Collins to work toward increasing visitation to Arkansas by groups and promoting the state's appeal
'DOWNTON ABBEY' RECEPTION
6 p.m. Argenta Community Theater. $25-$30.
First, an admission: I know now that everybody jokingly calls it this, but at first I really for reals thought the show was called "Downtown Abbey," kind of absentmindedly thinking (or maybe hoping) that it was about an urban monastery filled with crime-fighting monks who also brew delicious, fancy beer, which they would drink at the end of each episode to celebrate another crime successfully solved. I was badly way off, though, which is a shame because that seems like a pretty solid premise for a one-hour primetime hit. Soon enough I realized that it was not a show about monks, but in reality a very British period drama about a rich family and their big huge house and their problems with the help. There was lots of gossipy whispering and something about a dowager countess who's looking for a fiancee? That's not quite right, but close. I might give it a chance, but it just seems so extremely British, and not in a charmingly whimsical way, like "The Kinks are the Village Green Preservation Society." More like in a hard-to-understand way, you know, like Guy Ritchie characters, or calling every bowl of lumpy mystery food a "pudding." But hey, I'm probably just a philistine. After all, the show is hugely popular. My wife loves "Downton Abbey" and lots of her friends do too. They're all champing at the bit for new episodes, so this reception, presented by the AETN Foundation, seems like surefire good times, what with its sneak-preview screening of the first episode of Season 3 and its cocktails and period costume contest. RB
PRESERVATION HALL JAZZ BAND: CREOLE CHRISTMAS
8 p.m. Walton Arts Center. $20-$36.
Here's a great way to really kick off the holidays: Christmas tunes performed by The Preservation Hall Jazz Band. And hey, depending on what the weather's doing, it might be warm enough to seem like Christmas in New Orleans. The PHJB was recently in Arkansas with the Del McCoury Band, and current band leader John Brunious actually stayed for a while in Conway after Hurricane Katrina. There'll surely be many others, but according to the band's website, you can expect to hear the band's jazzy ragtime takes on "Blue Christmas," "Swinging in a Winter Wonderland," "Bells will be Ringing" and "The Dreidel Song." RB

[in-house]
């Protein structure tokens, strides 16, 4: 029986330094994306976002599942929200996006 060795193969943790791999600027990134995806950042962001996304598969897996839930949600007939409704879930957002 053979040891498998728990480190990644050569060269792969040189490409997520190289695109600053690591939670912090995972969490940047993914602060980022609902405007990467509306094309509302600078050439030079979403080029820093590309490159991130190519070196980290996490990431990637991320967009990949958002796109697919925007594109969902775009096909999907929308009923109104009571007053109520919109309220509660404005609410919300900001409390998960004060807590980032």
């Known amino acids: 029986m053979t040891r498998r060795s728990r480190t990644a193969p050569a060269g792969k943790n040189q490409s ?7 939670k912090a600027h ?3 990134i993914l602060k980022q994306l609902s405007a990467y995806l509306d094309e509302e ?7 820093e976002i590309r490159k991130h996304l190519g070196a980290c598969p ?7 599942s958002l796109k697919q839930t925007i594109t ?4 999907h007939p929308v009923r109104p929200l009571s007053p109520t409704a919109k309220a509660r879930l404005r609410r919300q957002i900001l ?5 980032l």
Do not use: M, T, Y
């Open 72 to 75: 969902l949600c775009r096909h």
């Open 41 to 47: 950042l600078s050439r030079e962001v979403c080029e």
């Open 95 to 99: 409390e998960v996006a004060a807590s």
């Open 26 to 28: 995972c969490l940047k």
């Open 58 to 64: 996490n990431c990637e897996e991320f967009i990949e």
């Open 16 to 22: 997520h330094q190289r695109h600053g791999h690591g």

7:30 p.m. Stickyz. $20 or a good used band instrument.
While the jocks and cheerleaders are always going to be the undisputed Lords and Ladies of the brief, hormone-soaked, "Beyond Thunderdome" kingdom that is your average American high school, there is a refuge for those possibly-less-athletic souls for whom the muse calls. That place is called band. Your roving reporter, stuck at a tiny high school with no football team to exploit my soda-machine-like 6'5" 300-pound frame, did several years in band, playing the trombone. Those memories of concerts and basketball game trips on the bus are still some of the best of my teen-age years. Now in its 12th year, Hornucopia — a concert in collaboration with Play It Again Arkansas, which donates used instruments to schools all over the state — has been collecting money and dust-gathering instruments to help make those memories happen for kids who might otherwise be left out. This year's Hornucopia lineup looks to be a good one, featuring Kavanaugh, Flying Balloon-o Brothers, The WTF Band, The Rockets and YT&T. Get digging in those closets for your old horns, clarinets, flutes, drums and cymbals, folks. There's a fun night to be had, and for a good cause to boot. DK
LUCERO, JIMBO MATHUS & THE TRI-STATE COALITION
9 p.m. Revolution. $21 adv., $26 day of.